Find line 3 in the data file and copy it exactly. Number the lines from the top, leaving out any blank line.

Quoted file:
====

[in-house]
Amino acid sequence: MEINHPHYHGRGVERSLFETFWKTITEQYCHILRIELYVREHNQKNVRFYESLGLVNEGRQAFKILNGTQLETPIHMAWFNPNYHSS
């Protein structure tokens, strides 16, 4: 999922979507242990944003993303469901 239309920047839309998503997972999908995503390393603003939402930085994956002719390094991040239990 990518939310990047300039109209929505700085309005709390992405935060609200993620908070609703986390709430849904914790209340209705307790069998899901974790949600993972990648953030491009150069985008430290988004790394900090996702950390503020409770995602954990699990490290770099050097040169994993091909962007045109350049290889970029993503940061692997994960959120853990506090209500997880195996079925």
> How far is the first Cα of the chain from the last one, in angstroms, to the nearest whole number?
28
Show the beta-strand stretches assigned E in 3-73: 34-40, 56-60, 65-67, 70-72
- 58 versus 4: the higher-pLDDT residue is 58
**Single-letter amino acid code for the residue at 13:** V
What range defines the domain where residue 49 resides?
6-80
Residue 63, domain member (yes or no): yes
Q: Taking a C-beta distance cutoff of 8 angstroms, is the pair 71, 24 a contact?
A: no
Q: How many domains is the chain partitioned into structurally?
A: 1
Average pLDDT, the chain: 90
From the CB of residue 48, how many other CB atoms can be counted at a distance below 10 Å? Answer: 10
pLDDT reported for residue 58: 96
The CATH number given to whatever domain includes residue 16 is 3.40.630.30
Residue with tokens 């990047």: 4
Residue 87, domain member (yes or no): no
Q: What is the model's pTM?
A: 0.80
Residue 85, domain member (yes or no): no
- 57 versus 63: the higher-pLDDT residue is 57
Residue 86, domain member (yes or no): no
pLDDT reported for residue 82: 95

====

């Protein structure tokens, strides 16, 4: 999922979507242990944003993303469901 239309920047839309998503997972999908995503390393603003939402930085994956002719390094991040239990 990518939310990047300039109209929505700085309005709390992405935060609200993620908070609703986390709430849904914790209340209705307790069998899901974790949600993972990648953030491009150069985008430290988004790394900090996702950390503020409770995602954990699990490290770099050097040169994993091909962007045109350049290889970029993503940061692997994960959120853990506090209500997880195996079925």